Anchored by Jake Tapper, The Lead airs at 4 p.m. ET on CNN.
Ebola in New York - we'll have the latest news on the patient, and talk to infectious disease experts.
Every year, when LeBron James makes his annual trip to China, it is like Beatles-mania, without the Moe Howard haircuts.
The NBA's MVP visits China to spread the basketball brand, and shill for Nike in the fastest growing market in the world.
But as CNN's Rachel Nichols reports, he is also there to spread the brand of LBJ.
(CNN) - A 7.3 magnitude earthquake rumbled early Saturday in the Pacific Ocean about 200 miles east of Japan's main island, the U.S. Geological Survey reported.
The Japanese Meteorological Agency issued a tsunami advisory for the Japanese coastal areas including the Fukushima prefecture, warning people to leave the coast."
Former Federal Reserve Chairman Alan Greenspan is out with a new book, "The Map and the Territory: Risk, Human Nature, and the Future of Forecasting." The book has already garnered some harsh reviews, particularly from liberal progressive writer David Dayen, who wrote in The New Republic Tuesday, "Anyone who’s paid attention to the economy the past few years knows how ridiculous it is to fete Greenspan, the main architect of the policies that led to the Great Recession."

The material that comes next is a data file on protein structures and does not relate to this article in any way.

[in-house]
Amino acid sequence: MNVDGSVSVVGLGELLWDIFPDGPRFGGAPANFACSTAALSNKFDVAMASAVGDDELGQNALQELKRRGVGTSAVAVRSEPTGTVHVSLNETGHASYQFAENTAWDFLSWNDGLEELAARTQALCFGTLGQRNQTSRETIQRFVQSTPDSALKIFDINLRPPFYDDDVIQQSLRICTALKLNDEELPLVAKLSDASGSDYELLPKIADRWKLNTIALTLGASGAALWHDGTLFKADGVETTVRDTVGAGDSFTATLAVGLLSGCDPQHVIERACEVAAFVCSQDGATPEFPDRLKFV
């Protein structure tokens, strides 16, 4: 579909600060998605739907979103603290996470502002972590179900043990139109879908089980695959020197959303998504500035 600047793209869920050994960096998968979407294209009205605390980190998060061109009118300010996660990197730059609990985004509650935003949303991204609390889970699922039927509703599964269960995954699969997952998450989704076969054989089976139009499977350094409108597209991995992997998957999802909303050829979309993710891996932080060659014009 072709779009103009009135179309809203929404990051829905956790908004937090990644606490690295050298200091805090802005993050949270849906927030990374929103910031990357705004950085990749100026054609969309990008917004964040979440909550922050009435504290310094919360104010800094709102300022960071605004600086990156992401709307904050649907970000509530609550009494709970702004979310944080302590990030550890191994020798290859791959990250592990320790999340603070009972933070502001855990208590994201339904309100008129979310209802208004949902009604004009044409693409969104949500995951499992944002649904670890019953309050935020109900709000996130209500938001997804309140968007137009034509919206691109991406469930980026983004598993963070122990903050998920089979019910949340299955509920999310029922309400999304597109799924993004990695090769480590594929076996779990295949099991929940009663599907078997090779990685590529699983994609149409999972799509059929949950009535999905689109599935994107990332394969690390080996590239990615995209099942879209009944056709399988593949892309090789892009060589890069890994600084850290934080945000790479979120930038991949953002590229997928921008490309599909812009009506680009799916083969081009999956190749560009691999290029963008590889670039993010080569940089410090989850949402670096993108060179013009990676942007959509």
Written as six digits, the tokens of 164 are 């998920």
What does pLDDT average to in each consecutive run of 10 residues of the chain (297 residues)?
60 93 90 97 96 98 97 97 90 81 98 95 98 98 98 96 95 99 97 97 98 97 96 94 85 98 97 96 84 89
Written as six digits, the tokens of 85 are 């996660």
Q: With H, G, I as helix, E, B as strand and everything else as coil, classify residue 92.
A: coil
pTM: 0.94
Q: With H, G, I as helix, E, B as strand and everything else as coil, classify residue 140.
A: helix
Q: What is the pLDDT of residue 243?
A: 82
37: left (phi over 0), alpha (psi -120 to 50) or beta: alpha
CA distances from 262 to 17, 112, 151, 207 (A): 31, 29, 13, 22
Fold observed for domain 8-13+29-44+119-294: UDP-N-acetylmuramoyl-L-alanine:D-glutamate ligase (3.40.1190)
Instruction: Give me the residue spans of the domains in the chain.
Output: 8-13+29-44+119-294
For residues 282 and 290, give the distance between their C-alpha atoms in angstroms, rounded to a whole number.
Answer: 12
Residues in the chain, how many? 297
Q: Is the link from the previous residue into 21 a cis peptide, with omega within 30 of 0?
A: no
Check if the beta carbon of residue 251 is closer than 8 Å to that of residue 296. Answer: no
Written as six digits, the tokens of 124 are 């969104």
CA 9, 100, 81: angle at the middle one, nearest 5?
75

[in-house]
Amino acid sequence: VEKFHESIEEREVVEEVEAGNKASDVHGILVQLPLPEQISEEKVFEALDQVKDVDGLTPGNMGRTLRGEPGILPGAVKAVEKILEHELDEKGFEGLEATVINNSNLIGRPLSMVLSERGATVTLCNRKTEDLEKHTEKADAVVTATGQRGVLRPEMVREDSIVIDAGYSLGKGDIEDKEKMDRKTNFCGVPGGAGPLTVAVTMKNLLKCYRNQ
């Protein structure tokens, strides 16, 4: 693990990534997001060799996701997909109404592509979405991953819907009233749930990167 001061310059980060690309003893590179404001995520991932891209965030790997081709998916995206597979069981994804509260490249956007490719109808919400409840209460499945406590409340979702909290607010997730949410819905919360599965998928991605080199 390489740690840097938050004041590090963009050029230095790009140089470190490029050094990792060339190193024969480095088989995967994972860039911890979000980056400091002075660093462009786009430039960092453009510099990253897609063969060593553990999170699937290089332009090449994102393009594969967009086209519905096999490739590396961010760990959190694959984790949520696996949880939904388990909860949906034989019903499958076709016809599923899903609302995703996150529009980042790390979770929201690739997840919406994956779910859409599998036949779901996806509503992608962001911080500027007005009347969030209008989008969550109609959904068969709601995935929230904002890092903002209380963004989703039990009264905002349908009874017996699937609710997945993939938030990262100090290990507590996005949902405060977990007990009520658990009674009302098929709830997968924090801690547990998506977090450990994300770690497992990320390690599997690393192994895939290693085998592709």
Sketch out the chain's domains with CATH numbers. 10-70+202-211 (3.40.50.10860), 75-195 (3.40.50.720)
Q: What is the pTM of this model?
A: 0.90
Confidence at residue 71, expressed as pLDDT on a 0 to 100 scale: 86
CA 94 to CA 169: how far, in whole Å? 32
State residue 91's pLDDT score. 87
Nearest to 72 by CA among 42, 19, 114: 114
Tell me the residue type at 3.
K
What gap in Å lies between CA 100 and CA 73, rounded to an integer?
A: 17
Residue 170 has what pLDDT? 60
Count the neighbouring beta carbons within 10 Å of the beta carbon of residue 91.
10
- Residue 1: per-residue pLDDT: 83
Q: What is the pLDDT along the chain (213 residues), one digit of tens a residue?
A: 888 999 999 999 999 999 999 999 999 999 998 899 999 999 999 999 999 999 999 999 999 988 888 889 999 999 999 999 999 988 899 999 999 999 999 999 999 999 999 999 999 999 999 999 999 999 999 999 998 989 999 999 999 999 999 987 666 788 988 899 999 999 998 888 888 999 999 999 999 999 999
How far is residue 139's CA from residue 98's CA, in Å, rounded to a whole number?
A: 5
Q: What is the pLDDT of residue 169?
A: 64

Dayen suggests Greenspan shares the blame with JPMorgan Chase for duping investors into purchasing mortgage-backed securities that were stuffed with garbage loans because his “allergy to regulation and unshakeable belief in the virtues of the free market led him to ignore the bubble and its risks, infusing investors and consumers with confidence that the run-up in home prices was perfectly normal.”
"This is not an American bubble. The housing bubble looks the same whether you're going to Canada, Australia or any of 20 other countries. We're somewhere in the middle," said Greenspan.
"The critical question that we all missed is when it would break, and one of the things I demonstrate basically in the book is you cannot determine that," said Greenspan.
When the first Food Network president, Maurice "Reese" Schonfeld, told his wife about his concept of a 24-hour food channel, she said it was "the worst idea I ever heard." That was 20 years ago. Today, the network is a multi-billion dollar industry.
Schonfeld was also the first president of CNN.
"Reese was a guy who thought of Food Network as CNN with stoves. His idea was to tape many, many new cooking shows every day on an extremely low budget," said Allen Salkin, author of the new book "From Scratch: Inside the Food Network."
"No one thought this was a good idea, it wasn't just his wife. It took about six or seven years before anybody actually started watching the network," said Salkin.
The White House now has a technical plan to fix the healthcare.gov website that they say will have everything running smoothly by the end of next month.
But what's the political fix going to look like? Right now, it will likely not include the resignation of Health and Human Services Secretary Kathleen Sebelius, at least, not if she has anything to say about it.